Like many religious communities, both Saint Johnís and Saint Benedictís have experienced declines in numbers since the middle of the 20th century. In typical Benedictine fashion, they have been attentive to what the Spirit might be saying.
For me personally and for many others in the monastic community, the study of theology has provided the framework within which one could understand the place of monasticism in the church and the world.
Saint Johnís is a place that stresses the importance of theology both in its work of pastoral ministry and in its pursuit of the monastic vocation.
Saint Johnís is a place of struggle and mystery. It is a struggle for the monks to come to some realization of who they are as human beings, Christian believers, and monastic persons.
Saint Johnís is a place of trial, discernment, and decision. Some react to the discovery of themselves and to the mystery of the divine by leaving the space. Confronted by the mystery, they realize they do not belong here or in any monastic space. They may come to realize that they should seek and serve God elsewhere. The monastic space of Saint Johnís provides many with room for enlightenment about God and themselves.
Saint Johnís is not utopia (which means ďno placeĒ). It is some place. It is not the kingdom to come; it is not a perfect community. It is not a place without problems, nor a people without problems. But it is a place to seek God.
[From Jerome Theisen, OSB, in Colman J. Barry, OSB, ed., A Sense of Place II: The Benedictines of Collegeville (Collegeville: The Liturgical Press, 1990, 237. Fr. Jerome Theisen was 8th Abbot of Saint Johnís, serving from 1979 until 1992, when he became Abbot Primate. He died of a heart attack in Rome in 1995.]
The first reunion with former members was held in 1993. Because departures had been negotiated in private by the community and/or by the individuals, these sisters had left without closure to their experience as religious, and consequently without a sense of freedom to associate with the community again.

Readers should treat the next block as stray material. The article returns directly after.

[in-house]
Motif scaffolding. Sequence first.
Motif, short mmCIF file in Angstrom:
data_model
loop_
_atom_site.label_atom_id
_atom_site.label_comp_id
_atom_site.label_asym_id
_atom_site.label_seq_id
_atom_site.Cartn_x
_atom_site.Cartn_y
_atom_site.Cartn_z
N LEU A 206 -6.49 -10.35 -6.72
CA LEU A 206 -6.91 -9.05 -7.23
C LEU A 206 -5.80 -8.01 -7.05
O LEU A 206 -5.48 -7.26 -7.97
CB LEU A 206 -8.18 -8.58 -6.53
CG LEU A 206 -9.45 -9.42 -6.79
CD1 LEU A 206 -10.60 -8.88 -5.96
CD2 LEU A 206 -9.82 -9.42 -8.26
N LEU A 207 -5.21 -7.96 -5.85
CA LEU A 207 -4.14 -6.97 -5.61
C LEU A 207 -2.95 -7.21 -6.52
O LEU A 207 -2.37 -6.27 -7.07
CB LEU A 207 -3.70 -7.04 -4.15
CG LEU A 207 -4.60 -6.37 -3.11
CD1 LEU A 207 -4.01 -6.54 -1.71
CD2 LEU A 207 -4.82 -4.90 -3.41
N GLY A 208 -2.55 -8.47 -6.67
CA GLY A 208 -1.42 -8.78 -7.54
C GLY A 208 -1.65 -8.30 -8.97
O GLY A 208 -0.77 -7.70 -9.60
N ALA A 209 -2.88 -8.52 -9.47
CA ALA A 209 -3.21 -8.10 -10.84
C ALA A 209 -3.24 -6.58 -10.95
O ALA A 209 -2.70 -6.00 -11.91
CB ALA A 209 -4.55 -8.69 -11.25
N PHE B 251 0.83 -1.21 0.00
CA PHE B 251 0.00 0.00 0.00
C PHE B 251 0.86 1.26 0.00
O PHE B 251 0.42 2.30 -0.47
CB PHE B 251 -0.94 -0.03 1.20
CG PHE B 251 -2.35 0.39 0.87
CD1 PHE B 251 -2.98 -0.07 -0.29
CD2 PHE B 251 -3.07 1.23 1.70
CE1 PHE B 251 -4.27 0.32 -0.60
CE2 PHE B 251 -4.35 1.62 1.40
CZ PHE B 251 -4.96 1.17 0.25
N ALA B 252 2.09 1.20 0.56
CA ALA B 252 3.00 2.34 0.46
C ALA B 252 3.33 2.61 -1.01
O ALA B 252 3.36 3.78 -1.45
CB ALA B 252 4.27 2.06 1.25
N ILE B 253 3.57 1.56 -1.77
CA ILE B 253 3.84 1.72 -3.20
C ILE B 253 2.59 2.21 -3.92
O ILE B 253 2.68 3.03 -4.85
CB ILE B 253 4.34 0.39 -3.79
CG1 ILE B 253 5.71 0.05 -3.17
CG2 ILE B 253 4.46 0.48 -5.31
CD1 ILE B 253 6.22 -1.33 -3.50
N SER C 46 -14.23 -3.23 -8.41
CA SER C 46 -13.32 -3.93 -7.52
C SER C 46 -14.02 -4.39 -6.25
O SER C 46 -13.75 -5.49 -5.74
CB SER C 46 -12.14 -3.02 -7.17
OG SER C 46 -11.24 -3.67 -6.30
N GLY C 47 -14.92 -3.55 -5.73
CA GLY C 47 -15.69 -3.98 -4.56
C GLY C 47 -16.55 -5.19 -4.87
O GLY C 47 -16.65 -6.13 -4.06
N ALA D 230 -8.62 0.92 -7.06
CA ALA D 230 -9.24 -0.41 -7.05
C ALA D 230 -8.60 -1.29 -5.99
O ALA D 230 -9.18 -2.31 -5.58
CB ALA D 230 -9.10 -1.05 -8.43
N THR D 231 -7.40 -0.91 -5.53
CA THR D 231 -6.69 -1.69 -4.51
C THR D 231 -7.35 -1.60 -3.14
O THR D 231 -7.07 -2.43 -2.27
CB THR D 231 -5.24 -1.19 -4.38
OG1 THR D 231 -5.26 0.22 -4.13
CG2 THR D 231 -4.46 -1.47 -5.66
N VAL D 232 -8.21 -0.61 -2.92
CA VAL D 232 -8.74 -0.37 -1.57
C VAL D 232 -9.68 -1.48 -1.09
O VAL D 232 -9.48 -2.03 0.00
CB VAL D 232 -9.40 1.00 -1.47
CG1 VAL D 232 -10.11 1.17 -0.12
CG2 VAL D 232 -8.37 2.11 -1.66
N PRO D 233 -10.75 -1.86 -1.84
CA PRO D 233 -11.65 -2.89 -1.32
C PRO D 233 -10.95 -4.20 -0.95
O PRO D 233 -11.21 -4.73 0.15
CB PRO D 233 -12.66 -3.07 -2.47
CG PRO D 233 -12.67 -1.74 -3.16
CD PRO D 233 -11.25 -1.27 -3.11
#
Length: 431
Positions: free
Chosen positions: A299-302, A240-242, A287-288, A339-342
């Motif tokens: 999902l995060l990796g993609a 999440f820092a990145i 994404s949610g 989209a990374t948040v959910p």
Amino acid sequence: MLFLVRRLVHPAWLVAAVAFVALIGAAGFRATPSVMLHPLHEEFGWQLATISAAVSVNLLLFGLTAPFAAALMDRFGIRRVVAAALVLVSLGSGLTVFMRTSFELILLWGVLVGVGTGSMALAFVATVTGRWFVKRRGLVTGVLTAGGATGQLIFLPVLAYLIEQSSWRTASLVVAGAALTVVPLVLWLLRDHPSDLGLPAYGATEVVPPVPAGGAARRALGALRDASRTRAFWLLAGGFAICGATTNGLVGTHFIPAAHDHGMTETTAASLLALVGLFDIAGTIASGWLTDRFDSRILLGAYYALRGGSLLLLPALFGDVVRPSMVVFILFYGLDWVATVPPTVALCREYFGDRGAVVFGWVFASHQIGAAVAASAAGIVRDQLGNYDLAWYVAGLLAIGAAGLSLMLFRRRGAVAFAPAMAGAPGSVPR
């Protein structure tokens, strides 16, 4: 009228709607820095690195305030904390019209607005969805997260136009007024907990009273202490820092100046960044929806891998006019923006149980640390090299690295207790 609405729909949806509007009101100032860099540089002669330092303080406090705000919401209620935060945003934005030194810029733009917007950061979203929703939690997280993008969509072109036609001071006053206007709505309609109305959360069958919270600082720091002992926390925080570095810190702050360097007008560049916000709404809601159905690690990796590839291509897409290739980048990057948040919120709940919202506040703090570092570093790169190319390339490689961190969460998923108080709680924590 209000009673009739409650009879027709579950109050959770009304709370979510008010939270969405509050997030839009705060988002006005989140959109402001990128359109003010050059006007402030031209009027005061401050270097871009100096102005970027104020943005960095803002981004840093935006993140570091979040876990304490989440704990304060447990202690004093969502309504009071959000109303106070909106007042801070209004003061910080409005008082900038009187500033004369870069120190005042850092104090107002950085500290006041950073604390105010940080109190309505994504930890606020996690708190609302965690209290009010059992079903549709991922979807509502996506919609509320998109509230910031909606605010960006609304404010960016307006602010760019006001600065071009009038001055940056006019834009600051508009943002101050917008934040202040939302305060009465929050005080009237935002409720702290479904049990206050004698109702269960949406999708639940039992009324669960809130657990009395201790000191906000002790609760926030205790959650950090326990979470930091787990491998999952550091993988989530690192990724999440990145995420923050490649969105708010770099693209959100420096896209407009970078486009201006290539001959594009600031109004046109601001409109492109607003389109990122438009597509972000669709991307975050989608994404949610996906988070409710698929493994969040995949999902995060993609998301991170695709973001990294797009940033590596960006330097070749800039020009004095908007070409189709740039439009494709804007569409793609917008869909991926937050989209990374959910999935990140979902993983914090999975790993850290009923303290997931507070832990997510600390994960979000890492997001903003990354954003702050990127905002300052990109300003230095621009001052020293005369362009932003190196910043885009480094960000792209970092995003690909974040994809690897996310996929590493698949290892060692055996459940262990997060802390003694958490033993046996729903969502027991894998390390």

Likewise, members of the community were in need of reconciling the fractured bonds that had once been an important part of their lives.
The reunion was welcomed by former members and proved to be one of the most healing and reconciling events in the communityís history. Sister Ephrem Hollermann shared her experience of that reunion:
I was overcome with bittersweet emotions. On the one hand, I remembered my own feelings of abandonment, as one by one twenty-three women who entered the postulancy [preparatory to novitiate] with me left between the years 1961 and 1974. I realized how much I still missed them and needed them.
On the other hand, I was intensely inspired by their lives and the diverse ways in which each oneís search for God was bearing fruit in prayer, work, and service to the people of God all over the country.
I knew with certainty that for those who have lived together in the heart of Christ and continue to cling to the desire to seek God, there is no separation, no permanent leave-taking.
A second reunion in August 1998, with eighty-six former members attending, convinced the sisters of the need to continue these contacts. In a treasured response to these renewed relationships, twenty-two former members shared their experience of life in the community, their leaving, and their life after departure in Forever Your Sister, edited by Sister Janice Wedl and Eileen Maas Nalevanko.
[Note: Forever Your Sister: Reflections on Leaving Convent Life, North Star Press of St. Cloud, 1998, $12.95, can be ordered from www.csbsju.edu/bookstore.]
[From Evin Rademacher, OSB, Emmanuel Renner, OSB, Olivia Forster, OSB, and Carol Berg, OSB, With Hearts Expanded: Transformations in the Lives of Benedictine Women, St. Joseph, Minnesota, 1957-2000 (St. Cloud, Minnesota: North Star Press Cloud of St. Cloud, Inc., 2000), 65-66. Sister Ephrem Hollermann served as prioress from 1995 to 2005.]
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